VOICE The Voice is the writer coming through the words, the sense that a real person is speaking to us and cares about the message. It is the heart and soul of the writing, the magic, the wit, the feeling, the life and breath. When the writer is engaged personally with the topic, he/she imparts a personal tone and flavor to the piece that is unmistakably his/hers alone. And it is that individual something–different from the mark of all other writers–that we call voice. Key question: Would you keep reading this piece if it were longer? Key scoring points: Strong writing speaks directly to the reader in a manner that is individual, compelling, engaging, and has personality. Developing writing seems sincere, but not fully engaged or involved. The result is pleasant or even personable, but not compelling. Beginning writing seems indifferent, uninvolved, or distanced from the topic and/or the audience. 5 3 1
VOICE A Writer Should Do the Following: • Write honestly and from the heart • Share his/her feelings about the topic • Use language that brings the topic to life • Care about what he/she has written • Write to be read • Use more expression than an encyclopedia article • Give the reader a sense of the person behind the work • Connect with the reader
VOICE Tips for Success • Adjust voice based on audience • Don’t stifle personality! • Don’t be afraid to share feelings “Voice separates writing that is read from writing that is not read… voice is the writer revealed.” ~Donald Murray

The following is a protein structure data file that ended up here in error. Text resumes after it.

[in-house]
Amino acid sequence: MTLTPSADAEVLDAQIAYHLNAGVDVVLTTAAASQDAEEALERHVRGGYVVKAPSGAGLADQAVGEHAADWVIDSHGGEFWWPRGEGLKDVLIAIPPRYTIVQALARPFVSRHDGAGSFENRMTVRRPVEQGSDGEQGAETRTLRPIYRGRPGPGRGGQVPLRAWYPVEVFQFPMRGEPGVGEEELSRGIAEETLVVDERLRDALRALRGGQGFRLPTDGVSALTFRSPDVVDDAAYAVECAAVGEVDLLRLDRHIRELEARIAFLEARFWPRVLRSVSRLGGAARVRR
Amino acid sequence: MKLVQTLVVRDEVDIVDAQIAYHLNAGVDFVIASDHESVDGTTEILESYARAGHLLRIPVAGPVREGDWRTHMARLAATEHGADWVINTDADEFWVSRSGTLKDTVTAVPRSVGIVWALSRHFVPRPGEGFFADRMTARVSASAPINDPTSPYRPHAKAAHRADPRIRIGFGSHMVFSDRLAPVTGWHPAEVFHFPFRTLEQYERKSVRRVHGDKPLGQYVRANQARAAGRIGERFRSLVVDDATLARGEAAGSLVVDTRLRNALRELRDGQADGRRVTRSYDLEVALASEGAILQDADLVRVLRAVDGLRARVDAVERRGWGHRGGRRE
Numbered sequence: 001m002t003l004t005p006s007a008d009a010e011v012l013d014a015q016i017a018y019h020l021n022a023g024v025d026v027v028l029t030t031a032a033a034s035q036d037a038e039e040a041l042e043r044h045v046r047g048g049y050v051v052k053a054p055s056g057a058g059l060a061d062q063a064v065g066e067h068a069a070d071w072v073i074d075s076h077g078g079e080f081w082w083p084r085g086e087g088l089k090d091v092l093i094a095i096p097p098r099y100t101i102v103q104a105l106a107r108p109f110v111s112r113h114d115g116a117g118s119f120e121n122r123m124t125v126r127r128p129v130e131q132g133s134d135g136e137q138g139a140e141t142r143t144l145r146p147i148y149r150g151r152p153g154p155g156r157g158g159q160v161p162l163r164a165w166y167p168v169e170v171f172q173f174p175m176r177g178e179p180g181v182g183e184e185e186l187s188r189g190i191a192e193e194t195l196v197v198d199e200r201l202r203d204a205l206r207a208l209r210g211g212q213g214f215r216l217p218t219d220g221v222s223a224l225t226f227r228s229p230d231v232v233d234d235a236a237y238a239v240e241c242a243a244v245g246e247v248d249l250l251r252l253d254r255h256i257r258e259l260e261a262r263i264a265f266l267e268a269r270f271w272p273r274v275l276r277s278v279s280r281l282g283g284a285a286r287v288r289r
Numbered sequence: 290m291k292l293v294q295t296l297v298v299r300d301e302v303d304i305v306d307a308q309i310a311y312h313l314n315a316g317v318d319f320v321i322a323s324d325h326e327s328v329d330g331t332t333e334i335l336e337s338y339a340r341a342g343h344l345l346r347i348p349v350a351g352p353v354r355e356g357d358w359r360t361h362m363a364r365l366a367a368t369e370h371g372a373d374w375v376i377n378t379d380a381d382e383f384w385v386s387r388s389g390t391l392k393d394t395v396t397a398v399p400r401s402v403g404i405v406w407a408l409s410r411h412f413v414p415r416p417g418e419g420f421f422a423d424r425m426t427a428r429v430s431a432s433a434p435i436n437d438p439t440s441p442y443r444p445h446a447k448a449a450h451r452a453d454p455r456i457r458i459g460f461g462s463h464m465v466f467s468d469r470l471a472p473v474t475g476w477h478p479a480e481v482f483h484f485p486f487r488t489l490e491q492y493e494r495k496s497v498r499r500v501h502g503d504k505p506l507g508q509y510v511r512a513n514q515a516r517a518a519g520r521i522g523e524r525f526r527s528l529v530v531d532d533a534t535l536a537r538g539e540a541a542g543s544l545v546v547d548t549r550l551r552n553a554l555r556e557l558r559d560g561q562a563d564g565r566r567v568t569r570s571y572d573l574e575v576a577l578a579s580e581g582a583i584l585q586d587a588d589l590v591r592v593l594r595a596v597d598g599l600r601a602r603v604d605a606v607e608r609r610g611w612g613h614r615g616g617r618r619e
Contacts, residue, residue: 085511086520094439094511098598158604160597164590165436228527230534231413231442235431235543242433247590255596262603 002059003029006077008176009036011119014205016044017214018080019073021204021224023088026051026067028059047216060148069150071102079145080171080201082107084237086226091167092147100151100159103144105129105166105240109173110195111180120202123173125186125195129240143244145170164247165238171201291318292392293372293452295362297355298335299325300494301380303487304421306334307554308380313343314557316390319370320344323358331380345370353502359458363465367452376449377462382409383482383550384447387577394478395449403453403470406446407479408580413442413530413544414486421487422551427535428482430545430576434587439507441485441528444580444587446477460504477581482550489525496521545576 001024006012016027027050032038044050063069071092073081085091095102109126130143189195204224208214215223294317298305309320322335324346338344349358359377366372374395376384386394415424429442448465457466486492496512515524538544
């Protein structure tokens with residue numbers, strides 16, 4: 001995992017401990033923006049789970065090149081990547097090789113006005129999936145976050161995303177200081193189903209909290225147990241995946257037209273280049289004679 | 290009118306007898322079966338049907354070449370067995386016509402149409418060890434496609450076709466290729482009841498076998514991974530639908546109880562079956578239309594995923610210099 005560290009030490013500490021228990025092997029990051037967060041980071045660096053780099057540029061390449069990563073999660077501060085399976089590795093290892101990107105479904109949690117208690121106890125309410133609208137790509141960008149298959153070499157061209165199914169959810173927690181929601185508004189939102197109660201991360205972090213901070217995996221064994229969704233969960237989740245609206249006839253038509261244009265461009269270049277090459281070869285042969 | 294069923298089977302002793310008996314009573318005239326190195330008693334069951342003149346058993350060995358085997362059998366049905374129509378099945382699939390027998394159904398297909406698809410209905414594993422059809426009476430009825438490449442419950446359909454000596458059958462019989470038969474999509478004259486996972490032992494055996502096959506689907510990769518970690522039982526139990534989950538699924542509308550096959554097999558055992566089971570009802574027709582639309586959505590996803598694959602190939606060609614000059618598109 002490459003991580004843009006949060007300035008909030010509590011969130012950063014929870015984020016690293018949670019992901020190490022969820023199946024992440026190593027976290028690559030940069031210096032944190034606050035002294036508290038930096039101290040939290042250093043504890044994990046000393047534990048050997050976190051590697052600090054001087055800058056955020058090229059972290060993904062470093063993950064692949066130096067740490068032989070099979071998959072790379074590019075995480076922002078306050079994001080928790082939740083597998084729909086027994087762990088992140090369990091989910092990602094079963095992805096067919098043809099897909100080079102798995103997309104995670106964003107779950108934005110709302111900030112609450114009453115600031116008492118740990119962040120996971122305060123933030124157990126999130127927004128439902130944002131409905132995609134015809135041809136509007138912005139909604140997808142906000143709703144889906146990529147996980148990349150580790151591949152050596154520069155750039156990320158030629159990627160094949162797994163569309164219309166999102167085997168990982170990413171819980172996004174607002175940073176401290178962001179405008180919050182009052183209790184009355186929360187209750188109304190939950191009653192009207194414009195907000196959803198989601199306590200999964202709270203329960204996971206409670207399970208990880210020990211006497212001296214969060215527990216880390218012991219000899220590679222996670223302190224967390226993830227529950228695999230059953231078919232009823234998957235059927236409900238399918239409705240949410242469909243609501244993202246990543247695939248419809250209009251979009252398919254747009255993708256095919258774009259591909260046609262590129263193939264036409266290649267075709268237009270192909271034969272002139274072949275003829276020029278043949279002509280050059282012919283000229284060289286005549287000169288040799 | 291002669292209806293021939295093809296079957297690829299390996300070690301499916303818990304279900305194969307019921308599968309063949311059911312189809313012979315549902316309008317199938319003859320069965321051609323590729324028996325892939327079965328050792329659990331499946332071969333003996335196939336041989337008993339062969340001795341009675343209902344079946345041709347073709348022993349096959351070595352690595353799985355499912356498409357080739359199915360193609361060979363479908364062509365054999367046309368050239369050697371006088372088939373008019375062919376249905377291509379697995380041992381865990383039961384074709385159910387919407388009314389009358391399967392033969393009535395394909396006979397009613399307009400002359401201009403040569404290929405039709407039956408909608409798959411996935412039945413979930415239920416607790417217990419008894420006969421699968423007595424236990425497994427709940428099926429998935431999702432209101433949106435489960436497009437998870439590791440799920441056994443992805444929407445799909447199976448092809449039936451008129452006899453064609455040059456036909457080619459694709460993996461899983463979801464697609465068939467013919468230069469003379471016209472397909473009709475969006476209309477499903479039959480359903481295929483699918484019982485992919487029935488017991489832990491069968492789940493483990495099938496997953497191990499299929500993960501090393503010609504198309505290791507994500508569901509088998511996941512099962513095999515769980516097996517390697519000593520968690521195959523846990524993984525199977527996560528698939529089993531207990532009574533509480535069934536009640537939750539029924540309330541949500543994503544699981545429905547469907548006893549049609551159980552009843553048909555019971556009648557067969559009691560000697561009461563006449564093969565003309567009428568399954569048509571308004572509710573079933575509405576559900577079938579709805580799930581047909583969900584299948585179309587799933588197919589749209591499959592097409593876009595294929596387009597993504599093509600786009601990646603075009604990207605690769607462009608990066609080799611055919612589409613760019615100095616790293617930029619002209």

VOICE Remember… • Voice isn’t as hard as it seems. Just be yourself: otherwise, the voice won’t be your own. • Think of your audience. Your voice changes as your audience changes. Would you tell your friends that you wrecked your mom’s car the same way you would tell you mom? Come up with a personal connection to the reader. • Think of your topic and how you feel about it. Get emotional, but don’t TELL your reader how you feel – SHOW him/her how you feel! • What is your opinion? Support it with specific details, remembering to avoid “you” and “I.”
VOICE • Look at your topic from different angles and choose the one you are most comfortable with presenting. Here are some angles you can use: • Humorous • Serious • Sarcastic • Mysterious • If you get stuck, try using an unexpected angle. For example, if you are writing about a serious topic, like taking a driver’s test, approach it with humor.
Happy Ridiculous Bereaved Bizarre Concerned Thoughtful Passionate Tentative Caring Warm Funny Sarcastic Timid Introspective Superficial Scholarly Profound revealing Pleasing Earnest Flat Dismal Frightened Courageous Riveting Horrifying Subtle Delightful Thrilled Rude Detached Gracious Critical Entertaining Clever Biting VOICE What other voices do you hear?